Reviewed by on    Photo by Barb Gray, Professional Theatre, Summer Theatre 2013  

 Merry2GetAttachment.aspx                                                                                 Katie Ryerson, ‘Matthew John Lundvall, Melanie Karin.  Photo: by Barb Gray. 

This production is probably one of the most successful Shakespeare adaptations the Company of Fools has ever done. Their comic style has solidified into a performance that exudes a coherent, maturely playful humour; the text is well articulated so every word is clear, but never stilted; the playful distance is always fore grounded by the actors themselves which is something that gives the performers a sense that they are in control, guiding the parody, thus making the humour all the more sophisticated, helped of course by Vanessa Imeson’s costumes that are both beautiful and appropriate for this lusty comedy.  I suspect that Catriona Leger’s work is behind this, which shows she is quickly becoming a local director to be taken very seriously. The Merry Wives of Windsor fore grounds that drunken rascal Falstaff who played an important role as comic relief in the King Henry IV series.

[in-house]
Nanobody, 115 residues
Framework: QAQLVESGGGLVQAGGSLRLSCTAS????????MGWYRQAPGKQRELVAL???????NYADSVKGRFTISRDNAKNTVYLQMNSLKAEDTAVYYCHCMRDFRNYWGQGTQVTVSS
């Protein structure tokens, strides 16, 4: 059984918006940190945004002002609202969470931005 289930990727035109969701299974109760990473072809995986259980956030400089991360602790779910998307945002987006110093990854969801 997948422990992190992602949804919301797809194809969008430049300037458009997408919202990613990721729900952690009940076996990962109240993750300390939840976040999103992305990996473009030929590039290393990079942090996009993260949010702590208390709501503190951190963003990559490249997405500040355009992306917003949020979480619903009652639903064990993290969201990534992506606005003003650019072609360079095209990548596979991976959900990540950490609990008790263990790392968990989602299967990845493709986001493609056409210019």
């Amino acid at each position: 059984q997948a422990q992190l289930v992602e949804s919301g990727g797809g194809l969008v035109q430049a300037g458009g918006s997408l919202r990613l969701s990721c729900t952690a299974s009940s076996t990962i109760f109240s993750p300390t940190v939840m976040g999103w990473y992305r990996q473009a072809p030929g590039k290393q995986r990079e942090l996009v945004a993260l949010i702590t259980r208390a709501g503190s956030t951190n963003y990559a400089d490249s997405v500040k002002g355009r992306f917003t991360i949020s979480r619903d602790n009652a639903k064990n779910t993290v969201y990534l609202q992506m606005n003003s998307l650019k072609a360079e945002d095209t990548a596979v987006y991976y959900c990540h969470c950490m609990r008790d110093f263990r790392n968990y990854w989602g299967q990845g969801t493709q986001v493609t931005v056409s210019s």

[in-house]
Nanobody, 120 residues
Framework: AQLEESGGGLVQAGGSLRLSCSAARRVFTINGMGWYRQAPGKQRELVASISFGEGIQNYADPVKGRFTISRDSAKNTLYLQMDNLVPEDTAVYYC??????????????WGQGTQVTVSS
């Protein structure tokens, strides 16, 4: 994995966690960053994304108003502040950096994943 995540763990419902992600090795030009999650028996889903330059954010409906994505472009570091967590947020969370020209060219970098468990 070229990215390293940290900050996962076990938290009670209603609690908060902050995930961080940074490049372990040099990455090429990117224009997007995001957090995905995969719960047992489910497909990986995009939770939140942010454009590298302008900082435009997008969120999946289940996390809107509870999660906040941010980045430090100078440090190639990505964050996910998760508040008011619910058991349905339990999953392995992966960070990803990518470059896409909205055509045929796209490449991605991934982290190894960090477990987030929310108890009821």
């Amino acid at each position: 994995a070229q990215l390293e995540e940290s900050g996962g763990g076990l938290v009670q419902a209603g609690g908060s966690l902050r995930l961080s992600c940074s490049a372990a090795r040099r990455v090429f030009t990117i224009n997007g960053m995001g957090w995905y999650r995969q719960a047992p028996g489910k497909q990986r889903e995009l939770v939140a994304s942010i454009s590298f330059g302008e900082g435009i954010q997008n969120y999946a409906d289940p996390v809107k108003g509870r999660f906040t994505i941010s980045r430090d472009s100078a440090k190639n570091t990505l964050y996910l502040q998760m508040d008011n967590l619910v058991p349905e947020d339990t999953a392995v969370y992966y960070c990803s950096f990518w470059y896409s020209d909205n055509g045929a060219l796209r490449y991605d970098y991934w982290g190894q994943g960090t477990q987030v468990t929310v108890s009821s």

Here however, he becomes the central figure in what one might call a Revenge Comedy! Husbands, wives, daughters and all those involved in the families of Master Ford and Master Page set about to punish the portly rogue for shamelessly pursuing the married women of Windsor, that is to say, Mistress Page (Melanie Karin) and Mistress Ford (Katie Ryerson). The poor fellow gets beaten, pinched, tossed in the Thames, smothered in smelly old laundry, kicked, thumped and totally humiliated. And yet he never gives up. This play is the perfect vehicle for this company that does a lot with very little monetary means because its success is actor/director based . I must say I saw performances that surprised me a lot . Some excellent talent emerged, even in the absence of Scott Florence who remains in the background this time as Artistic director and Production manager. While Margo McDonald is nowhere to be seen, no doubt busy at home working on her adaptations for the Hal and Falstaff show to be seen this coming Gladstone season.